There is a very good chance that anyone who’s over a ‘certain age’ and in the model plane hobby likely started out with a plastic Cox .049 powered Control Line airplane. And there is a further good chance that the plane that the modeler started out with was a Cox PT-19 ‘Flight Trainer’. I had one myself but it was lost to the vestiges of time many years ago.
I really like Cox engines, 1/2A models, and especially the plastic Cox planes that combine both those engines and 1/2A model planes. Over the years, I’ve kept my eyes out for these relics but not many have come my way. Recently, a local modeler mentioned that he had a Cox PT-19 that had been hanging gathering dust in his shop for years. Sight unseen, I asked if he’d be interested in selling it and we made a deal. He delivered it to me last weekend at the Syracuse Maker Faire that we both attended. Here’s what was delivered to me:
(Click on photos to zoom in on them)
The plane had been flown a couple times and then put away. It was dirty and disassembled but appeared to be fully intact and undamaged. It was delivered to me in the original box (minus the cellophane wrapping) that it had been sold in. I was very pleased with what I saw and with the potential of what it would look like after being restored.
What follows are a series of photos I took of the plane (and box) once I arrived home and was able to do a closer inspection of it:
While it was intact, the engine was in the worst shape and, as is typical of old engines, was seized up and would not turn over. Some retro work was in order for it.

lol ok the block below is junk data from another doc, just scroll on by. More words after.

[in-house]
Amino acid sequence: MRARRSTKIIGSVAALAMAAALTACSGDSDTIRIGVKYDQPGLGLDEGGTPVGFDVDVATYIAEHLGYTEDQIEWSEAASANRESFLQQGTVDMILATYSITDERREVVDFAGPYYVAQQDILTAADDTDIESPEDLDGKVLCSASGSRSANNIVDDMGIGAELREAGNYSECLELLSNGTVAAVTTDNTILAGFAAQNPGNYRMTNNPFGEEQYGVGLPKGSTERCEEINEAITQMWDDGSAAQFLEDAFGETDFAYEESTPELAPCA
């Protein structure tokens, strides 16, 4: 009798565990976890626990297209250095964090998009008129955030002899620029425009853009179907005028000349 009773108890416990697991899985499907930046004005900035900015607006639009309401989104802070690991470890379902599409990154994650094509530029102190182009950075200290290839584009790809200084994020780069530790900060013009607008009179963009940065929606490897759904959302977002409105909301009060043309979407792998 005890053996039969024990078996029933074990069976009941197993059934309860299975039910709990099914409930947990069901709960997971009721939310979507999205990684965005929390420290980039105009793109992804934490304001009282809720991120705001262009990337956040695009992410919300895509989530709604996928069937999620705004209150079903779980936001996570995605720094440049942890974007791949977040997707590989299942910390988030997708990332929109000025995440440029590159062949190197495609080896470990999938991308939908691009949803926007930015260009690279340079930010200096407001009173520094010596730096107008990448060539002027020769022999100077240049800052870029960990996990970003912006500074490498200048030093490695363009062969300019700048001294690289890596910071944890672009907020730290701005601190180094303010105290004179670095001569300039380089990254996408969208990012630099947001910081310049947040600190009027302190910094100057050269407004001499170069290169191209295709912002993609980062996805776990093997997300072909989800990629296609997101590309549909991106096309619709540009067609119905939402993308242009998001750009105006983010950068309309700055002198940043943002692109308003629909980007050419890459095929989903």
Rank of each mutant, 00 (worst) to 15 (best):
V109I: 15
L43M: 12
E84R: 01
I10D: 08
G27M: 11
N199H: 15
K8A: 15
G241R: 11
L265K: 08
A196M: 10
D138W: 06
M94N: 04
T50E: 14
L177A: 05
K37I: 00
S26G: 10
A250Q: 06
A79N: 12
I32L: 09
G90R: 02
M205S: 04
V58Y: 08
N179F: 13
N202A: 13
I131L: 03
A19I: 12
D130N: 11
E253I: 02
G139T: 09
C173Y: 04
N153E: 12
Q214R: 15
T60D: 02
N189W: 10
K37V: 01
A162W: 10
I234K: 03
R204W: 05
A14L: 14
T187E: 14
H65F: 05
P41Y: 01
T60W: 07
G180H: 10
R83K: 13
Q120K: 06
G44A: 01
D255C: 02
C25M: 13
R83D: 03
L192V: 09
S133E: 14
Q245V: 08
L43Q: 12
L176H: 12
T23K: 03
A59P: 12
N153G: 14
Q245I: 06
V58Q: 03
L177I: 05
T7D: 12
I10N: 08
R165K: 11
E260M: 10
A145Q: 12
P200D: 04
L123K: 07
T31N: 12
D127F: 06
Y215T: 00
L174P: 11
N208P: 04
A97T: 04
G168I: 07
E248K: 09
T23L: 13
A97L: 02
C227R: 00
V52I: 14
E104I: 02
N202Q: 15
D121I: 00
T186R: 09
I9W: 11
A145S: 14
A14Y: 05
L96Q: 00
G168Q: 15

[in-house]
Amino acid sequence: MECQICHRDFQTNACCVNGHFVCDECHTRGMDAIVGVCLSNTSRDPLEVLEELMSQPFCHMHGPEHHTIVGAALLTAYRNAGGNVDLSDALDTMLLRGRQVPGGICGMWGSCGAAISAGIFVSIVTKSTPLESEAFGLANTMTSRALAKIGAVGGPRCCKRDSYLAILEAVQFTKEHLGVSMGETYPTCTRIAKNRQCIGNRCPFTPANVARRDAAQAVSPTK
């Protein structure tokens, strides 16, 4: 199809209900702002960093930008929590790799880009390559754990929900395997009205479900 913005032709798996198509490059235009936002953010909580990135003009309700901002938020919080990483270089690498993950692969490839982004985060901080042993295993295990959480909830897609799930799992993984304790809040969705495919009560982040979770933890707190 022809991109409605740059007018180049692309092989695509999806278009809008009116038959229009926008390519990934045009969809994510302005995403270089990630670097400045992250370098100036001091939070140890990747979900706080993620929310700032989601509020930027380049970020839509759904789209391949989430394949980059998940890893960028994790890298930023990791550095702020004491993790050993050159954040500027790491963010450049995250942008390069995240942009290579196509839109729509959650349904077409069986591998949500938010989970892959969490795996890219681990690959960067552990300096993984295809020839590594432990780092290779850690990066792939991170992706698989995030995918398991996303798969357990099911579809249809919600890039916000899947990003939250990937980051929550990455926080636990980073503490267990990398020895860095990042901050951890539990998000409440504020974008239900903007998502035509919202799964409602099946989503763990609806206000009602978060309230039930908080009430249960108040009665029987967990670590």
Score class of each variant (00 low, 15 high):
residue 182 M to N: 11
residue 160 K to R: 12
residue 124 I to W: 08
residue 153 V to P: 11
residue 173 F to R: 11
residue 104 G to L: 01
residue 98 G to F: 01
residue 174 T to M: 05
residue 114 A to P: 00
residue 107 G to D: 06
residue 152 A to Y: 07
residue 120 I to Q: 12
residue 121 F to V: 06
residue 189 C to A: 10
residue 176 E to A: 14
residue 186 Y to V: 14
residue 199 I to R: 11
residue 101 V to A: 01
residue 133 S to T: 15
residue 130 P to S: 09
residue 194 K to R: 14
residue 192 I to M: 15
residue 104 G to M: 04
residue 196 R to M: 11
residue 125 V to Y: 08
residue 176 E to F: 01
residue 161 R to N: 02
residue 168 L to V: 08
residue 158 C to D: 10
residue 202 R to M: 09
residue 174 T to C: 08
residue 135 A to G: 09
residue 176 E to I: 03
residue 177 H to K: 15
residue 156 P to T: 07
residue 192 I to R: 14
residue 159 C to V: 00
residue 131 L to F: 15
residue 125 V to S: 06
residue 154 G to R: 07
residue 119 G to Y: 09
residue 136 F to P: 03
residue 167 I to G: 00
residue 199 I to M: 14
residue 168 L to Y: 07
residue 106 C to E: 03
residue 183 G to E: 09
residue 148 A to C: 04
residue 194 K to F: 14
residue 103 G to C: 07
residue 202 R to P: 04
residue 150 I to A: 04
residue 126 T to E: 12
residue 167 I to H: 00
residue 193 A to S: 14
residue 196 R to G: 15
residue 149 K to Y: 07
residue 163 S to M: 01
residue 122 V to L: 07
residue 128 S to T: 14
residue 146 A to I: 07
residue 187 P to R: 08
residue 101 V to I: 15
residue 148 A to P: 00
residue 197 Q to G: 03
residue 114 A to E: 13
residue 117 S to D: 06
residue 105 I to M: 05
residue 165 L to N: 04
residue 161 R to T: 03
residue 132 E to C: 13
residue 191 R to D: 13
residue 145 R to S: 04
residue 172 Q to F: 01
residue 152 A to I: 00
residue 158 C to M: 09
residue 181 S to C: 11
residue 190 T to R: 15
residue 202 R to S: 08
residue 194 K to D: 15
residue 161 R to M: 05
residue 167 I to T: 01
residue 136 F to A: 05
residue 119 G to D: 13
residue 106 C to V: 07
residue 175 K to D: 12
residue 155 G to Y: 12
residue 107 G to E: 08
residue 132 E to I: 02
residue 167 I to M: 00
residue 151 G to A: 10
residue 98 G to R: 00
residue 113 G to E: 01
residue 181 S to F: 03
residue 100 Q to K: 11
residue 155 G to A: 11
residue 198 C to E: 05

My restoration started with complete disassembly and cleaning of the engine. All metal parts were given the crockpot and anti-freeze treatment which made quick and easy work of the cleaning. A new crankcase gasket and reed valve were installed along with a new fuel line and propeller. The engine went back together and with a couple drops of ‘After Run’ oil added it turns over and has compression like a brand new engine.
The plane needed a good scrubbing, especially the interior of the fuselage which had a built-up layer of engine oil and dirt on it. It all cleaned up just fine. Even the decals turned out to be in great shape. All the original fuselage parts were reused and reassembled. New dacron lead-out lines and line connectors were added. And that was it. The plane was ready to fly once again!
Here are a few photos of the completed plane. Notice that it even has color-coordinated rubber bands holding it together!:
And since I received it in the original box, it’s only appropriate that I show some photos of it back in it’s box:
This was a quick and rewarding restoration of a classic Control Line flight trainer. Will I fly it now that it is ready to be airborne once again? Probably not. Right now it is hanging from the ceiling of MY workshop where I can enjoy looking at it each time I’m in the shop.
I’ll end this FlyBoyz post with these two Before and After photos of another successful model restoration:
After publishing this post, I remembered an old photo of me that was in my high school (circa 1972) yearbook. Here is that photo. Note the airplane that I’m posing with!: